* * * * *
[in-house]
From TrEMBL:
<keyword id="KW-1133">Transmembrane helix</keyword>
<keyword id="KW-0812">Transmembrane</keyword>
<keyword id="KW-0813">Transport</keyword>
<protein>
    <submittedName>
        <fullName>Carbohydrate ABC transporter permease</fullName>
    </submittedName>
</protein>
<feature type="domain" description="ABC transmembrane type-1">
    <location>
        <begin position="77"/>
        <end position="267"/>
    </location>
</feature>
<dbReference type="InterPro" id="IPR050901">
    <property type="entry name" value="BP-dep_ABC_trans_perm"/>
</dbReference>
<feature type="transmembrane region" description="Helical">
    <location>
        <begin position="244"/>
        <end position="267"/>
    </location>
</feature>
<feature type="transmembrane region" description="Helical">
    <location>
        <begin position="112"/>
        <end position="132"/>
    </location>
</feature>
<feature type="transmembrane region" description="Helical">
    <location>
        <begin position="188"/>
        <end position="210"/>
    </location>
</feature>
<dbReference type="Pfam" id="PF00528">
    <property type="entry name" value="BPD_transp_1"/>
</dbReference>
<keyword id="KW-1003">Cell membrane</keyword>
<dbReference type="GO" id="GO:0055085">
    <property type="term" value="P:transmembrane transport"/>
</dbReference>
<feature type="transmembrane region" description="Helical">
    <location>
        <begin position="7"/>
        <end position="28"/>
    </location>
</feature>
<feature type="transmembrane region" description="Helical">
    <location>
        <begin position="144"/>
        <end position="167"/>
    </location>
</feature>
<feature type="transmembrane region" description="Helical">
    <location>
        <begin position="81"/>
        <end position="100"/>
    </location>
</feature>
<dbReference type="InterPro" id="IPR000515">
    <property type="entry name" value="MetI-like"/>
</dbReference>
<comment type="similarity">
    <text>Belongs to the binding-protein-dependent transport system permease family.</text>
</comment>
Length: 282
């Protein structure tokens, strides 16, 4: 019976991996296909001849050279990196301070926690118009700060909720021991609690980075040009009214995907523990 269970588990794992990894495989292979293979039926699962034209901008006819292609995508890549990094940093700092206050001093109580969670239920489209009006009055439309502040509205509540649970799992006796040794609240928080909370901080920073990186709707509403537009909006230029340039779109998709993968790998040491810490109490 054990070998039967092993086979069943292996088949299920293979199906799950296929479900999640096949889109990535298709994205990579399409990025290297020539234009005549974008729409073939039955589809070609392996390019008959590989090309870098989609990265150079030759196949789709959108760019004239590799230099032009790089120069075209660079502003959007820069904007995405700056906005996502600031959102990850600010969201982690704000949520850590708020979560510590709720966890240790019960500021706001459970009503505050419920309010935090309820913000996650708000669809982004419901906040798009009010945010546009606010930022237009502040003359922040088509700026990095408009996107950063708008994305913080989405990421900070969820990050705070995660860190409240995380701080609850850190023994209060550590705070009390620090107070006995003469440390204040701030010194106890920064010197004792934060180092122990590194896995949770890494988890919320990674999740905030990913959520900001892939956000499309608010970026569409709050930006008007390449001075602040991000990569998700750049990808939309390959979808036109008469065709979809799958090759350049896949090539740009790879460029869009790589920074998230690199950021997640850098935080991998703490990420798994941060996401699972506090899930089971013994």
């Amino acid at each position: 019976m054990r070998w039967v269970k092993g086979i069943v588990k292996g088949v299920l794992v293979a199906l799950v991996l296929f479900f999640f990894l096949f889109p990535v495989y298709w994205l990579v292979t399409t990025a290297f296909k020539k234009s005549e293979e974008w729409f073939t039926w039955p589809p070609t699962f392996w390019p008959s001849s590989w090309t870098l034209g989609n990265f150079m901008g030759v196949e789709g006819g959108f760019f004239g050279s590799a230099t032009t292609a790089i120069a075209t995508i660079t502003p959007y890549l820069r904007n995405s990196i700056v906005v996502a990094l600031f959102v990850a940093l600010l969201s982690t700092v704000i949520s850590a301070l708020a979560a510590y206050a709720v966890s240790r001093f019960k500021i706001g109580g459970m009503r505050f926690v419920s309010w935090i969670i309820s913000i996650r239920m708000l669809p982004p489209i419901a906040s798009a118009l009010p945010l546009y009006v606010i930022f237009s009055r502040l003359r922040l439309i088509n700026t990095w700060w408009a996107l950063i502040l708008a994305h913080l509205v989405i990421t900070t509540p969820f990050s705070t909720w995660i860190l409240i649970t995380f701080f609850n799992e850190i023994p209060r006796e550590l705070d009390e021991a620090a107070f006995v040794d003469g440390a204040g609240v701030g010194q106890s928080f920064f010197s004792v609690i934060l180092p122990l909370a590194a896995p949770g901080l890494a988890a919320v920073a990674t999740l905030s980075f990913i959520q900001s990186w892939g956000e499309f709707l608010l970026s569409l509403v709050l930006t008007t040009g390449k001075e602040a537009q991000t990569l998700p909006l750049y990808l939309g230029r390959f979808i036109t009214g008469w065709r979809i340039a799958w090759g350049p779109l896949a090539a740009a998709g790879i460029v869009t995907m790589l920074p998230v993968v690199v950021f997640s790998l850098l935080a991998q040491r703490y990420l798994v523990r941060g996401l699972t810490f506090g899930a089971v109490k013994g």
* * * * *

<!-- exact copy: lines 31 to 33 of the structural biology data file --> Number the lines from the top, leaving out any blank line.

</feature>
<feature type="transmembrane region" description="Helical">
    <location>